The future of the Central Alberta section of the Trans Canada Trail is up for debate at Red Deer County Council on Tuesday.
For some years, members of the Central Alberta Regional Trails Society have been working on a project that would see construction of a trail between Bowden and Ponoka. The new trail, now partially complete, will be part of the Trans Canada Trail Network, which organizers plan to finish in time for Canada’s 150th anniversary in 2017.
The section from the south side of Red Deer through Blackfalds to Lacombe is now complete, including construction four years ago of a bridge over the Blindman River, CARTS president Paul Pettypiece said on Thursday.
However, all that exists south of Red Deer is a one-kilometre section between Springbrook and Penhold, he said.
The county has already received a portion of the grant promised by Trans Canada Trails toward building an 11-km section from the south side of the city to Springbrook, running along Range Road 280.
However, the county is now weighing its options and considering whether or not it should proceed with the project.
A report to council prepared by community services manager Jo-Ann Symington estimates the total cost of construction at $2.15 million for gravel or $3.04 million for pavement with annual maintenance estimated at $55,000 to $77,000.
Trans Canada Trail and the Alberta TrailNet Society are to provide half of the construction costs to a maximum of $1.5 million and there may be some additional funding to come from another source, Symington says in her report. However, the county has not received that commitment, she says.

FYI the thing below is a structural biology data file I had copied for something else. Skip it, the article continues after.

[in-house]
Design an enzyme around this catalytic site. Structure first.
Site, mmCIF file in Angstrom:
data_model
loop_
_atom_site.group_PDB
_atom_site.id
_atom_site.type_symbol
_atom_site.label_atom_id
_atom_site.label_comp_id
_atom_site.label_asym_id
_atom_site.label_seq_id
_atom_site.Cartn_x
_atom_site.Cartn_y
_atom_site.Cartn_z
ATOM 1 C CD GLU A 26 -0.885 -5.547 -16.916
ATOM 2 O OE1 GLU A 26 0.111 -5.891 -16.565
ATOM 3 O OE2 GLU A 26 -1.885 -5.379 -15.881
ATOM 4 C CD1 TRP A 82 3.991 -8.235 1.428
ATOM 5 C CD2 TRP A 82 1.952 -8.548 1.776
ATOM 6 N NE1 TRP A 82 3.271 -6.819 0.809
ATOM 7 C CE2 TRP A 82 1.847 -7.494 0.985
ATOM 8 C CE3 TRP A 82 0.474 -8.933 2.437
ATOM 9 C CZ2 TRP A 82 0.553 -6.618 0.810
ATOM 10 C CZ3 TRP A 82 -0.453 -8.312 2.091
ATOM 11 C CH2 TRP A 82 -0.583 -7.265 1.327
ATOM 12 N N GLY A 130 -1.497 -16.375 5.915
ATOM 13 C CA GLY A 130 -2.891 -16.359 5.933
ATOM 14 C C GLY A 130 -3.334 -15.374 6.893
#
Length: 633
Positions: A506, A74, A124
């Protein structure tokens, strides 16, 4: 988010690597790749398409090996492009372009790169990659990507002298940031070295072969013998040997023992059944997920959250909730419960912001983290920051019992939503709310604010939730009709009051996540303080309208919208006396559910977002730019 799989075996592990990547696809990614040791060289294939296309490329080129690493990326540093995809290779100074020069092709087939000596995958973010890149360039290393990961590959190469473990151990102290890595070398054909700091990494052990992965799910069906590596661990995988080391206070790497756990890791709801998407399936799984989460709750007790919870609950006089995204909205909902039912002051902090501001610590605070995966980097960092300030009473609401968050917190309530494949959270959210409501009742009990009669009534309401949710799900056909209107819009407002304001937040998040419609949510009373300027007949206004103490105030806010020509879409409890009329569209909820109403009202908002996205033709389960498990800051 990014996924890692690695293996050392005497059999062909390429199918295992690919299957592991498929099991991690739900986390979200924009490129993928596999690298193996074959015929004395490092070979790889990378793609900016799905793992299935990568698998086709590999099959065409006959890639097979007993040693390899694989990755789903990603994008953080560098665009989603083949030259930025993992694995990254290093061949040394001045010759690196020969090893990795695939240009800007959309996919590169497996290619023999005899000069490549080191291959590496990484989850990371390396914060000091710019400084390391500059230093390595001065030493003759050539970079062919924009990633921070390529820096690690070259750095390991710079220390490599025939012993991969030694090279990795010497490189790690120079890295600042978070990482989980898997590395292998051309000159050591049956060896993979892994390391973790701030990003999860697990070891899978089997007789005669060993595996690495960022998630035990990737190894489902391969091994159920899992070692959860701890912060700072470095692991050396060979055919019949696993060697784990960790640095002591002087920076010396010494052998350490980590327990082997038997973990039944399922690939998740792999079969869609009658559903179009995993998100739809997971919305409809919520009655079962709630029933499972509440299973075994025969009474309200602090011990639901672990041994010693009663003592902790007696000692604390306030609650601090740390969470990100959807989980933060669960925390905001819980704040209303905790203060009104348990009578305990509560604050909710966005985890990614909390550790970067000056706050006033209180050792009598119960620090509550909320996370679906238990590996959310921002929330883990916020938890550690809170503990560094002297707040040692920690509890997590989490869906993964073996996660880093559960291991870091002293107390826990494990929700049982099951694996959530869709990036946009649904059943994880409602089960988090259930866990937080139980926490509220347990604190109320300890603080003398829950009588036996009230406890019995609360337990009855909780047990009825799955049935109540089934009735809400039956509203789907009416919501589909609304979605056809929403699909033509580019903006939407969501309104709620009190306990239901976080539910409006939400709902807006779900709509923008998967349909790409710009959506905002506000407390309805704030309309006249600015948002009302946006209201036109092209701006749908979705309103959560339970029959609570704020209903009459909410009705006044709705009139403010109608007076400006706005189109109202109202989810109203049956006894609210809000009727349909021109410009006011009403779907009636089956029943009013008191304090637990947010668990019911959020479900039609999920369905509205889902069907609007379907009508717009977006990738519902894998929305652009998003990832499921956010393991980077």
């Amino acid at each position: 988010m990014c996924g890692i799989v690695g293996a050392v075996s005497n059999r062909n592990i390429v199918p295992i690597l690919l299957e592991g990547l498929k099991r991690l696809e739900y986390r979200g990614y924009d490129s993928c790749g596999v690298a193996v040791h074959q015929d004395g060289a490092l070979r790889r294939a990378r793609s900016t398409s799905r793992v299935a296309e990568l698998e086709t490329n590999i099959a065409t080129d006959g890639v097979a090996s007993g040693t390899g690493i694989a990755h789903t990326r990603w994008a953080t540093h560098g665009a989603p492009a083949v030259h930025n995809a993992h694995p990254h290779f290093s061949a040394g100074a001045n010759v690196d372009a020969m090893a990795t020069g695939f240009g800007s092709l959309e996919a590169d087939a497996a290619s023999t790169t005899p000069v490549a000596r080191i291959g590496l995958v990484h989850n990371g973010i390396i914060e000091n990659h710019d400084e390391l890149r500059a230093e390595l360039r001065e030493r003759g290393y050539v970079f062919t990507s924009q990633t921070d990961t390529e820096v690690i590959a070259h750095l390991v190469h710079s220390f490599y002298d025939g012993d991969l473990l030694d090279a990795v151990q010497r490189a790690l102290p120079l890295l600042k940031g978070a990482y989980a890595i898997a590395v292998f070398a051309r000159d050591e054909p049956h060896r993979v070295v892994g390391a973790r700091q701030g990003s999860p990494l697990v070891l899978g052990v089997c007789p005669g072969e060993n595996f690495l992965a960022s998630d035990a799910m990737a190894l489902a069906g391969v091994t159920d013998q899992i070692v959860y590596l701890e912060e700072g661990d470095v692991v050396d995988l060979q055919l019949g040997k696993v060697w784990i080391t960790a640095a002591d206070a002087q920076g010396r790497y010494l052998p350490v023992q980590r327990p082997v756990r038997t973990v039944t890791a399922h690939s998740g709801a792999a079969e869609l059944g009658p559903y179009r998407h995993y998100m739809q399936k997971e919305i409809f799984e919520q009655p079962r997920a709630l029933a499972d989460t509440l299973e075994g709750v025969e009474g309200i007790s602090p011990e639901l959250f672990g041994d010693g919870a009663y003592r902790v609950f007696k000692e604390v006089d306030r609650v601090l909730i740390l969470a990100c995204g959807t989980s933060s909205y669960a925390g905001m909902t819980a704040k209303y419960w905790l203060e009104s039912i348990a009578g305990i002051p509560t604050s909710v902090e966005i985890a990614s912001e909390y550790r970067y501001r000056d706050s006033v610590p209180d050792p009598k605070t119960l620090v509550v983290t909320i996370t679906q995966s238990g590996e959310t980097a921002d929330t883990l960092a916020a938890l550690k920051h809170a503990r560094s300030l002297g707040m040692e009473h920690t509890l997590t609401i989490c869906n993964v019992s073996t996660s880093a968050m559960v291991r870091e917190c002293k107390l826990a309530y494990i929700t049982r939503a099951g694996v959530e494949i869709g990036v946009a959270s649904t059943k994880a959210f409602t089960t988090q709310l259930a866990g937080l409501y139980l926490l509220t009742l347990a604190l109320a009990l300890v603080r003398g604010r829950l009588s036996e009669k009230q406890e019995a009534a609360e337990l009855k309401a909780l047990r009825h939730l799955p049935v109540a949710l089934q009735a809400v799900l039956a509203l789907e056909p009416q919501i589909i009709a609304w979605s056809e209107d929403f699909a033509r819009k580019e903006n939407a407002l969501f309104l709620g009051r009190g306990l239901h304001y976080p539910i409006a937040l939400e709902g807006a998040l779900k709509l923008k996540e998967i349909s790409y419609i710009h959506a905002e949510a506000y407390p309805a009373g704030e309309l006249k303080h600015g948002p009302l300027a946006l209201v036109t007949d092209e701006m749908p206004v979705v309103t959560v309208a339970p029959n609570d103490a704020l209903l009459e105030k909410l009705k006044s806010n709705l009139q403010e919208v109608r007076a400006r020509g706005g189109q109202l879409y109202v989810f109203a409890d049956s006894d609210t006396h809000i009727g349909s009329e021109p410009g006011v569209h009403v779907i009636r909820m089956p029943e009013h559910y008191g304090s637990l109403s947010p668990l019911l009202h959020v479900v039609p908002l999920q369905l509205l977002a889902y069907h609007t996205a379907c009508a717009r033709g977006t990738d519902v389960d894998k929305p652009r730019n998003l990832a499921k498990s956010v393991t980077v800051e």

She offers council two options: Consider offering a new level of service and moving ahead with the project or not proceeding with the project and returning funds that have been granted so far by Trans Canada Trail and Alberta TrailNet.
Pettypiece said county council has been reluctant to take on the role of building and maintaining the trail.
In a letter to council, he expressed concern that monies promised by Trans Canada and Alberta TrailNet will be diverted to other projects if the county decides against building the Springbrook section in time for the 2017 deadline.
In a letter to the county’s mayor and council, Pettypiece expressed concern for the safety of people who bike along Hwy 2A.
“Based on experience elsewhere, we are very confident that there are a lot more people who would bike to and from Red Deer and Penhold if there was a safe alternative to the highway,” he wrote.
Roadways will be used as temporary links for those portions of the Trans Canada Trail that have not been finished by the fall of 2017, he said.